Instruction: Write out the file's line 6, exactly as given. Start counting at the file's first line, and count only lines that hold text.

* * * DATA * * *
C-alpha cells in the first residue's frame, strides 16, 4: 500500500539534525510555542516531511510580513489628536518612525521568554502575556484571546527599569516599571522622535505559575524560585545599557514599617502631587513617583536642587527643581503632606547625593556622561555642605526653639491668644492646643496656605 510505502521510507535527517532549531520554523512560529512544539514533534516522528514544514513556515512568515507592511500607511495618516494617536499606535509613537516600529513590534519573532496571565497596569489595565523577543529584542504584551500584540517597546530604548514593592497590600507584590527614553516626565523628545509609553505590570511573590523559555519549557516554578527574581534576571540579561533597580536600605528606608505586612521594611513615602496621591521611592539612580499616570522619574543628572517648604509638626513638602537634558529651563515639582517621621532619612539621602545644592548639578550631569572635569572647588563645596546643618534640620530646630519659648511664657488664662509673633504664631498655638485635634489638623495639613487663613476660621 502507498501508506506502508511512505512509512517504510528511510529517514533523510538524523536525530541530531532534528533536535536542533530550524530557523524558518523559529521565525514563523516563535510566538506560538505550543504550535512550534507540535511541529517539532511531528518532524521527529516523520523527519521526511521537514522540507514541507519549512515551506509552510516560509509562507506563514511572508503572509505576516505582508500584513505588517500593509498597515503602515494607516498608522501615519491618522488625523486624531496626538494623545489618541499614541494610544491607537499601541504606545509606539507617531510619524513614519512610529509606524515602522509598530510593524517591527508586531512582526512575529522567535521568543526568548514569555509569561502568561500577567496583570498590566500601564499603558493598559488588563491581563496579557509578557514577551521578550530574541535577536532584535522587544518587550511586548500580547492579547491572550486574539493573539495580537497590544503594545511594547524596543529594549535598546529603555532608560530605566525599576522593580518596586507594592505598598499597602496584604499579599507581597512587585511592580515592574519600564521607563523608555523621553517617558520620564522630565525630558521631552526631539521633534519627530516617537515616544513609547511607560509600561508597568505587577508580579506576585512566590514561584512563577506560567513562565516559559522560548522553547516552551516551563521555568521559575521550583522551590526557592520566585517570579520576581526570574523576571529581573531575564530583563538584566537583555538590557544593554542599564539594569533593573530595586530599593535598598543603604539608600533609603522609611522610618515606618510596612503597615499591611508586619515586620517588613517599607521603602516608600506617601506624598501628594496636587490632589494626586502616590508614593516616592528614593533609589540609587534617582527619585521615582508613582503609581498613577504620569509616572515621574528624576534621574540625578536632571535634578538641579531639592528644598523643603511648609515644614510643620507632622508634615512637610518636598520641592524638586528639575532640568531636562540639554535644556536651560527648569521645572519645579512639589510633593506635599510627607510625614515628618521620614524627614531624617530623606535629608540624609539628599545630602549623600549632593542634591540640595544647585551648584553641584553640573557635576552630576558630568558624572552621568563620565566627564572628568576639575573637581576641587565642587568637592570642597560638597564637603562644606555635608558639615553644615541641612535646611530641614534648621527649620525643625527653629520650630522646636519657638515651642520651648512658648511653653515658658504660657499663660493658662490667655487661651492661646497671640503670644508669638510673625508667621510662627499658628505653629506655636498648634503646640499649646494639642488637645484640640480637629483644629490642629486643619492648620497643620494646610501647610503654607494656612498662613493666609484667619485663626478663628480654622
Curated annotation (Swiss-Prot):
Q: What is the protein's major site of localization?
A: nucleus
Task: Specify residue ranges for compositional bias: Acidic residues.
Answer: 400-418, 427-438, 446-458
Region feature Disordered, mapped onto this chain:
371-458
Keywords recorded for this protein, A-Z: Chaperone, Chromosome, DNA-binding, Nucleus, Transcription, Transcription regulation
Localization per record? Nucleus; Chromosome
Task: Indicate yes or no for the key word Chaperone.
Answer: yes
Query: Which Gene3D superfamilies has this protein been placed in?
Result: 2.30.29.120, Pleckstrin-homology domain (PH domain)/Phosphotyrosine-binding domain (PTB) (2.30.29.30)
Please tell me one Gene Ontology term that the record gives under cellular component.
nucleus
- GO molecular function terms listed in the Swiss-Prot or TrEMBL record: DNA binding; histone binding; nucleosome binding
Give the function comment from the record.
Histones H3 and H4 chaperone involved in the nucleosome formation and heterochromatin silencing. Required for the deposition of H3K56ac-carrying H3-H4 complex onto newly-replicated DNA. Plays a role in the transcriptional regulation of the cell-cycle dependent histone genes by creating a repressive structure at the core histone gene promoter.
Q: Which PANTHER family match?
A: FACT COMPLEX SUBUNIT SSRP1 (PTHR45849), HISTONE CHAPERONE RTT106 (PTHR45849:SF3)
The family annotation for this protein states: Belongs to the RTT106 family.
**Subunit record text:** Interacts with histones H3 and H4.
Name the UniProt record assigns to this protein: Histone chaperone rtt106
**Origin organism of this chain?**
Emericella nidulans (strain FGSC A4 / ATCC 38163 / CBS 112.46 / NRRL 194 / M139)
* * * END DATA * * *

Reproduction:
Answer: 400-418, 427-438, 446-458